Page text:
Big ship or small ship?

Feb 8th, 2015, 11:01 AM
  #1  
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Big ship or small ship?

What do you think is better--a big ship or small ship? And why?

I've sailed on the Allure of the Seas at one end of the spectrum and the Constellation at the other, and have some thoughts of my own at http://musingaboutcruising.blogspot.com.
rjgdjg is offline  
Feb 8th, 2015, 02:04 PM
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First of all nice blog.

For us our one experience with a small ship was the 32 k ton Tahitian Princess, 600 ft. long and 700 passengers. Well it was certainly more intimate. You saw people more frequently and it seemed to foster a sense of being more friendly. Also word spread fast. Sadly a 90 yr. old woman passed a few days into the cruise and it seemed like everyone knew about. I don't think this would happen at least to the same extent on a ship with 4-5k passengers. My wife had a severe case of motion sickness and some crew members we had never met asked how she was doing so there again the smaller size fosters more community in a sense.

The food was very good and I suppose it's because it's easier to cook for 700 than for 4-5k.

However the entertainment on bigger ships was far better. The smaller ship did not have the means to provide bigger shows and the variety of smaller shows that you get on a larger ship.

Then there is the glitzy or wow! factor. Todays larger ships really amaze you whereas the Tahitian Princess is just not designed for that. It comes down to what you prefer and having experienced both we like the wow, the glitz not to mention how bigger ships handle better in rougher seas which is a big factor for us.

Very nice topic for discussion.
jacketwatch is offline  
Feb 8th, 2015, 02:54 PM
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I wouldn't call the Constellation a small ship. After all, it is 90,000 tonne and 2000+ passengers.

The smallest ship we have been on was the Galapagos Explorer (currently known as SilverSea Galapagos), 3000 tonne, 99 passengers. Now that is small.

We have been on the Pacific Princess, 680 passengers, one of the 8 R class ships (from Renaissance Cruises) still sailing under different names, including the Azamara Journey & Quest, Oceania Nautica & Regatta, just to name a few. They are all around 30,000 tonnes and all built within 3 years from 1998 to 2001.

Each have their own advantage or advantageous. Based on what I have seen so far, the smaller ships generally charges more than the mega ships. The service generally are more personal and better. With less venues, entertainment line up (choices) is weaker but the performance are not necessarily weaker.

You get a more intimate setting on a smaller ship, get to know the crew and fellow passengers, and felt more "belong" than in a mega ship.

Allure is the same size as Oasis and after one short trip on the Oasis, that's it for me and there is no desire to be on it again. Too many people on board for my liking, and too crowded in my mind. All those extra venues does not add value for me as I don't want or need to go see all those different venues.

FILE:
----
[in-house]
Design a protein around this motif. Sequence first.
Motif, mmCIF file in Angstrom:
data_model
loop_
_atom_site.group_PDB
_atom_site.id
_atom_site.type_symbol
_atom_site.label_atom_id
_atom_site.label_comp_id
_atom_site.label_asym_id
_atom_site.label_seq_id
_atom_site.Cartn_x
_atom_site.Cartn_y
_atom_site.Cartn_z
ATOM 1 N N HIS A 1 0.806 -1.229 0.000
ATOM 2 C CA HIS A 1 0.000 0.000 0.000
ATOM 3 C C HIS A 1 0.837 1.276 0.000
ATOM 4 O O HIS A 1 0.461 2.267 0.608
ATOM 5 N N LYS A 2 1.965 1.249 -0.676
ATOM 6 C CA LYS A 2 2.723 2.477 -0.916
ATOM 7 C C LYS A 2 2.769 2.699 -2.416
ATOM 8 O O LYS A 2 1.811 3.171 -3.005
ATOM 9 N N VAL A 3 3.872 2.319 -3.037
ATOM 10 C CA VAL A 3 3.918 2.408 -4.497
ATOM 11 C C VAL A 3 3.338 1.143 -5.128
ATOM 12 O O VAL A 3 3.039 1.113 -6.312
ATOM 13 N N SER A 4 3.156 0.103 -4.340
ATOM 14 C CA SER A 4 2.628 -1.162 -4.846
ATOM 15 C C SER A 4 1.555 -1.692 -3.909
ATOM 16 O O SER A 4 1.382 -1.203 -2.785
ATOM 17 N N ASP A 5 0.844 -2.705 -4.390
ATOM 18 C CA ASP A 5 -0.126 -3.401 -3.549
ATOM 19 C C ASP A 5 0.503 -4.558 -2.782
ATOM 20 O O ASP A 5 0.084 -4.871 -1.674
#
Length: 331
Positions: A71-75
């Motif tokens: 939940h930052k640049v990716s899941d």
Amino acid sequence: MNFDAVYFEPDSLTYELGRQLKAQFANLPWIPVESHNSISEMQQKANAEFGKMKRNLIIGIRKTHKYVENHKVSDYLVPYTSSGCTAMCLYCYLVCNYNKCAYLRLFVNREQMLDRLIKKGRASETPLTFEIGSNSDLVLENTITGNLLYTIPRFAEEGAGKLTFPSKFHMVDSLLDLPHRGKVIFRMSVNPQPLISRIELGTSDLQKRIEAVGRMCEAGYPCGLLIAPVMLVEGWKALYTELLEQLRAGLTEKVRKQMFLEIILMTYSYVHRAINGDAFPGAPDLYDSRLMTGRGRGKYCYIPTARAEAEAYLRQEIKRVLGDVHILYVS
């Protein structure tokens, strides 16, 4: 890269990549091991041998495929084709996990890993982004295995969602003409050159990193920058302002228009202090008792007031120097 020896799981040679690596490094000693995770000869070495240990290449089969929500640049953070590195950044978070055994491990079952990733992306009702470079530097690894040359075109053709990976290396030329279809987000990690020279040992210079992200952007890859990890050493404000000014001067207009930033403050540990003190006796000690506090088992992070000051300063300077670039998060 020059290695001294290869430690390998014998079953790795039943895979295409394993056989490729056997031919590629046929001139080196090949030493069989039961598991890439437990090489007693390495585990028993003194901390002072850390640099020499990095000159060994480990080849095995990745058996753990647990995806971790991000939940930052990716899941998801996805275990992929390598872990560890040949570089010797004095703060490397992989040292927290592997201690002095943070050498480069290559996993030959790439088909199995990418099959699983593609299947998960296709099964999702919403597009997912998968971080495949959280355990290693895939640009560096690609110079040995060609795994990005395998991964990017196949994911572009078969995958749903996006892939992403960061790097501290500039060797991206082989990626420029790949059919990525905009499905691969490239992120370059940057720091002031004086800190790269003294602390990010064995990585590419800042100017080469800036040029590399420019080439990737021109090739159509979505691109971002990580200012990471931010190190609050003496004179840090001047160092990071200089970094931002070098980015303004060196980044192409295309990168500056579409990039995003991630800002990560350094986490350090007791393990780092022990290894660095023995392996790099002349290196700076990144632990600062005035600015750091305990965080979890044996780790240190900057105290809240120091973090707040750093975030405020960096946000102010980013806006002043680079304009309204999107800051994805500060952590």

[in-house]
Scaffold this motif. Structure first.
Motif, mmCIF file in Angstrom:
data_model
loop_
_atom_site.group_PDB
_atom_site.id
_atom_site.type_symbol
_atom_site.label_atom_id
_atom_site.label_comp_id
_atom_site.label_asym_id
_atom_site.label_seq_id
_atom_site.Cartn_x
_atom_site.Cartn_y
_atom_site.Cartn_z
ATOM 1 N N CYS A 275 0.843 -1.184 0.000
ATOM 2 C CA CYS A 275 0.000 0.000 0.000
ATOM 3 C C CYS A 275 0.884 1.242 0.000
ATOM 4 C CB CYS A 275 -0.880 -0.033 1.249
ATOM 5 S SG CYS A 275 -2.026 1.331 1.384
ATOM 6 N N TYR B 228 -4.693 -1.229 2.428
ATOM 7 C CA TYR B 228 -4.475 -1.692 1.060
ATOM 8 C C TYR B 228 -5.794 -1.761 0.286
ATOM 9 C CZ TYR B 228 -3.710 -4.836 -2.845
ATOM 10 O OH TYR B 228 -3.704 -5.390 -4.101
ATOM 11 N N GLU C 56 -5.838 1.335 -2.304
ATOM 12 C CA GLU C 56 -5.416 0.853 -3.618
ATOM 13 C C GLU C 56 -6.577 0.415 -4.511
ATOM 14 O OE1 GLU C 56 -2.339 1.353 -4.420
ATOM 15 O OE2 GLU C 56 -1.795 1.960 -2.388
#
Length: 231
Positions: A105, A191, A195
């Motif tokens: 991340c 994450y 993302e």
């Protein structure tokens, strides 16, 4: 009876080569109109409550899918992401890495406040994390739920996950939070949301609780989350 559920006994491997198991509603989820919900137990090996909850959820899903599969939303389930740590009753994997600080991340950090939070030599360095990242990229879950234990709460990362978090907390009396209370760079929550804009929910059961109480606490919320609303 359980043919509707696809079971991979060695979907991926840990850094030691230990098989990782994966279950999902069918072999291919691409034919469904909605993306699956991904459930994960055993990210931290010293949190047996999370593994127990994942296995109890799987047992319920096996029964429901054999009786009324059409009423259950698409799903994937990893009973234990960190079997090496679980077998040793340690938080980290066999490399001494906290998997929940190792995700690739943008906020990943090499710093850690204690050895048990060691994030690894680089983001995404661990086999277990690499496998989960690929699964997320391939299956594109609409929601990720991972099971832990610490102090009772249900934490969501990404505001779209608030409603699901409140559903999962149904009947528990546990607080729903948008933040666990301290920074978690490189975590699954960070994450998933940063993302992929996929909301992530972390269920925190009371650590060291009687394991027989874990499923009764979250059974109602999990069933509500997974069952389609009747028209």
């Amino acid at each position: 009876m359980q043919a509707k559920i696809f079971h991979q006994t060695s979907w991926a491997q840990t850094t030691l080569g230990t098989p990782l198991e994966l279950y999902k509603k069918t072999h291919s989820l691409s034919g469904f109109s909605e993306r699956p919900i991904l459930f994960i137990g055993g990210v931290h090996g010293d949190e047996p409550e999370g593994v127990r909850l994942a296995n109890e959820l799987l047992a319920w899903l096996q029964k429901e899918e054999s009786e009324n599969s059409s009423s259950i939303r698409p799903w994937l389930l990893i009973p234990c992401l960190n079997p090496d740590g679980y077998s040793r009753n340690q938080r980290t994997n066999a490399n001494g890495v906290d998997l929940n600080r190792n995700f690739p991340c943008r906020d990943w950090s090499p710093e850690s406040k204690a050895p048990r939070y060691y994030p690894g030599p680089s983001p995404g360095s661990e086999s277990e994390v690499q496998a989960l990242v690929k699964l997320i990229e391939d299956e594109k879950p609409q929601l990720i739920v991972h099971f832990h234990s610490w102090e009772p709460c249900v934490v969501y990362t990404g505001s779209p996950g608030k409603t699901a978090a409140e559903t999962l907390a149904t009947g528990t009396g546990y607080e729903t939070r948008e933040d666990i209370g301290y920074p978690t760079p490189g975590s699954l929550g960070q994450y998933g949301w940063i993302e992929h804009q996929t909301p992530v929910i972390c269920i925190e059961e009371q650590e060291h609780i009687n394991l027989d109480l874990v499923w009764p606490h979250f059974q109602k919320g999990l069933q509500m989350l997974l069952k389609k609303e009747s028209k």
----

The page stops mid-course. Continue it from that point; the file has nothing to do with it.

Every one is looking for something different on a cruise. To each their own.
Eschew is offline  
Feb 8th, 2015, 03:32 PM
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My experience is more limited than many, but aside from lots of walking on the bigger ships and having to tender in more places, to me, the difference between large and small does not seem as important as the size and type of public space in relationship to number of passengers and the overall layout and design of the dining rooms and public spaces.

Epic has a lot more cabins, a big space for children and their "water park", but the main pool area was no bigger than much smaller ships and the walking areas around shops was more like a wide hall. Both areas seemed more crowded than on smaller ships.

OTOH, the main buffet areas on Epic and the Princess ships I have been on were divided into smaller, more intimate areas, so did not seem any more crowded than on the much smaller ship, Majesty of the seas.

On the larger ships, our cabins were smaller than on the smaller ships.

The beautiful atrium on Caribbean Princess has lots of seating for enjoying the concerts given there. Majesty also has a beautiful Centrum, but no seating and it was surrounded by noisy shops and other activities.

As to movement, it really has varied from ship to ship in similar cabins. The most we felt was actually on the big Epic. The much smaller, Majesty, seemed so sturdy, to me, and with some pretty big waves seemed to be the steadiest of all the ships we have been on, a very nice surprise.

So, IMHO, there are many factors besides big or small.

Just a FYI for fun, the original Love Boat (the very first Pacific Princess) was only 13,000 ton. Would we call it a mini-ship now a days?
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Feb 8th, 2015, 04:08 PM
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Sass we would call that a Smartship. .
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Feb 8th, 2015, 05:50 PM
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Funny, Jacket.
I like that better than mini. Considering it was the start of the great line of Princess ships and the vacation cruise industry for the general public, it was indeed, a very smart ship.
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Feb 8th, 2015, 07:06 PM
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Yes Sass. Then and now. .
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Feb 9th, 2015, 03:23 AM
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Sass, 100% correct on the public space. Ships with better designed public space seems less crowded, regardless of the number of passengers. We never felt "squeezed" or crowded on a Princess Grand class ship except after the drill when everyone is getting out. We too like the Princess Piazza and their music, along with the International Cafe next to it.

You may find this surprising, the bigger (taller) the ship, the more rocking motion you will feel despite of the modern design and stabilizers. The rocking is from the cross wind. The bigger ships have larger flat surface on the sides for the cross wind to have an effect and you will feel the sideway / rocking motion more, especially in high wind.